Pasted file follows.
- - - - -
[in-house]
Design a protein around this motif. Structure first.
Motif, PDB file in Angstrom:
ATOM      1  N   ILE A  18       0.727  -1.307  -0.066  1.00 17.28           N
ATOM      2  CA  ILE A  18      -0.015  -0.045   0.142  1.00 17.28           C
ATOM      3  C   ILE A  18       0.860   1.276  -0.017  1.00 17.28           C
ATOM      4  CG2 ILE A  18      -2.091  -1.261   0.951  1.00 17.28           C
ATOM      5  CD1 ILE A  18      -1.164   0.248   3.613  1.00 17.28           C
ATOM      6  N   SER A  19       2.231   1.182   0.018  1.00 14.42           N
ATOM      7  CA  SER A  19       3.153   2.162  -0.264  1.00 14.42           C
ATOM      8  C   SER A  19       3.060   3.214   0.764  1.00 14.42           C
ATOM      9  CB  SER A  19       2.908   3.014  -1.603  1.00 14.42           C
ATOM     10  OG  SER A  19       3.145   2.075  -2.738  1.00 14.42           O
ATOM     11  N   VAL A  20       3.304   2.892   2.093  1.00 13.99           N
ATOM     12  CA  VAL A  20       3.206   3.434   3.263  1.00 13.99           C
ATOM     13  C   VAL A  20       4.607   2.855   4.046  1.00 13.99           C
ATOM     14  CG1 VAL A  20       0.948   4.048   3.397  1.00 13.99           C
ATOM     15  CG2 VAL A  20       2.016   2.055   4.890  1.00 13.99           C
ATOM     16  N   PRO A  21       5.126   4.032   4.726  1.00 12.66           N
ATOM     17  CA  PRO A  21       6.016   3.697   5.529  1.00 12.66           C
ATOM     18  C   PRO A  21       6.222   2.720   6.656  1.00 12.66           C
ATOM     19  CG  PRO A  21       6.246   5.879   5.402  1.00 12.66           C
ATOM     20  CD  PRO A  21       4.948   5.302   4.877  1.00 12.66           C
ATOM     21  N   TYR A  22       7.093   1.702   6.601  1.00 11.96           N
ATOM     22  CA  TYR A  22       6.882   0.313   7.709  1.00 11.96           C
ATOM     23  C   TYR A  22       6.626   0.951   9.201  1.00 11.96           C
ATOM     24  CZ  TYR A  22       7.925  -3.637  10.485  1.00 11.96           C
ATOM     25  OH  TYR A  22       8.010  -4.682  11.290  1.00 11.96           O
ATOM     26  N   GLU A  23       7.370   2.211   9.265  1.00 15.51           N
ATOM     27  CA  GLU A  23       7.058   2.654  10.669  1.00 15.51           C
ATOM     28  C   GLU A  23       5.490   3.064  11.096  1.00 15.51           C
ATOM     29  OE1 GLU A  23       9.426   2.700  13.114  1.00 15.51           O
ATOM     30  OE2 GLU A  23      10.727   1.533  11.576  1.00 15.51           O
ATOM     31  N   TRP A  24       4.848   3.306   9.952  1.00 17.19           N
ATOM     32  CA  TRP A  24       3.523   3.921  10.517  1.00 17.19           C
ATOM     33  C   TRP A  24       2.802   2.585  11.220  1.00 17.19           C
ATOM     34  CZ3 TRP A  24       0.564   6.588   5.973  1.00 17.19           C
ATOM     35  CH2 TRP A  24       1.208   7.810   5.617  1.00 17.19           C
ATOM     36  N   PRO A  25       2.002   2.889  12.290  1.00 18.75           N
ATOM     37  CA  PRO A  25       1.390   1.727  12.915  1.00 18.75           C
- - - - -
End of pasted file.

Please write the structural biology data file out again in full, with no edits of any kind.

[in-house]
Design a protein around this motif. Structure first.
Motif, PDB file in Angstrom:
ATOM      1  N   ILE A  18       0.727  -1.307  -0.066  1.00 17.28           N
ATOM      2  CA  ILE A  18      -0.015  -0.045   0.142  1.00 17.28           C
ATOM      3  C   ILE A  18       0.860   1.276  -0.017  1.00 17.28           C
ATOM      4  CG2 ILE A  18      -2.091  -1.261   0.951  1.00 17.28           C
ATOM      5  CD1 ILE A  18      -1.164   0.248   3.613  1.00 17.28           C
ATOM      6  N   SER A  19       2.231   1.182   0.018  1.00 14.42           N
ATOM      7  CA  SER A  19       3.153   2.162  -0.264  1.00 14.42           C
ATOM      8  C   SER A  19       3.060   3.214   0.764  1.00 14.42           C
ATOM      9  CB  SER A  19       2.908   3.014  -1.603  1.00 14.42           C
ATOM     10  OG  SER A  19       3.145   2.075  -2.738  1.00 14.42           O
ATOM     11  N   VAL A  20       3.304   2.892   2.093  1.00 13.99           N
ATOM     12  CA  VAL A  20       3.206   3.434   3.263  1.00 13.99           C
ATOM     13  C   VAL A  20       4.607   2.855   4.046  1.00 13.99           C
ATOM     14  CG1 VAL A  20       0.948   4.048   3.397  1.00 13.99           C
ATOM     15  CG2 VAL A  20       2.016   2.055   4.890  1.00 13.99           C
ATOM     16  N   PRO A  21       5.126   4.032   4.726  1.00 12.66           N
ATOM     17  CA  PRO A  21       6.016   3.697   5.529  1.00 12.66           C
ATOM     18  C   PRO A  21       6.222   2.720   6.656  1.00 12.66           C
ATOM     19  CG  PRO A  21       6.246   5.879   5.402  1.00 12.66           C
ATOM     20  CD  PRO A  21       4.948   5.302   4.877  1.00 12.66           C
ATOM     21  N   TYR A  22       7.093   1.702   6.601  1.00 11.96           N
ATOM     22  CA  TYR A  22       6.882   0.313   7.709  1.00 11.96           C
ATOM     23  C   TYR A  22       6.626   0.951   9.201  1.00 11.96           C
ATOM     24  CZ  TYR A  22       7.925  -3.637  10.485  1.00 11.96           C
ATOM     25  OH  TYR A  22       8.010  -4.682  11.290  1.00 11.96           O
ATOM     26  N   GLU A  23       7.370   2.211   9.265  1.00 15.51           N
ATOM     27  CA  GLU A  23       7.058   2.654  10.669  1.00 15.51           C
ATOM     28  C   GLU A  23       5.490   3.064  11.096  1.00 15.51           C
ATOM     29  OE1 GLU A  23       9.426   2.700  13.114  1.00 15.51           O
ATOM     30  OE2 GLU A  23      10.727   1.533  11.576  1.00 15.51           O
ATOM     31  N   TRP A  24       4.848   3.306   9.952  1.00 17.19           N
ATOM     32  CA  TRP A  24       3.523   3.921  10.517  1.00 17.19           C
ATOM     33  C   TRP A  24       2.802   2.585  11.220  1.00 17.19           C
ATOM     34  CZ3 TRP A  24       0.564   6.588   5.973  1.00 17.19           C
ATOM     35  CH2 TRP A  24       1.208   7.810   5.617  1.00 17.19           C
ATOM     36  N   PRO A  25       2.002   2.889  12.290  1.00 18.75           N
ATOM     37  CA  PRO A  25       1.390   1.727  12.915  1.00 18.75           C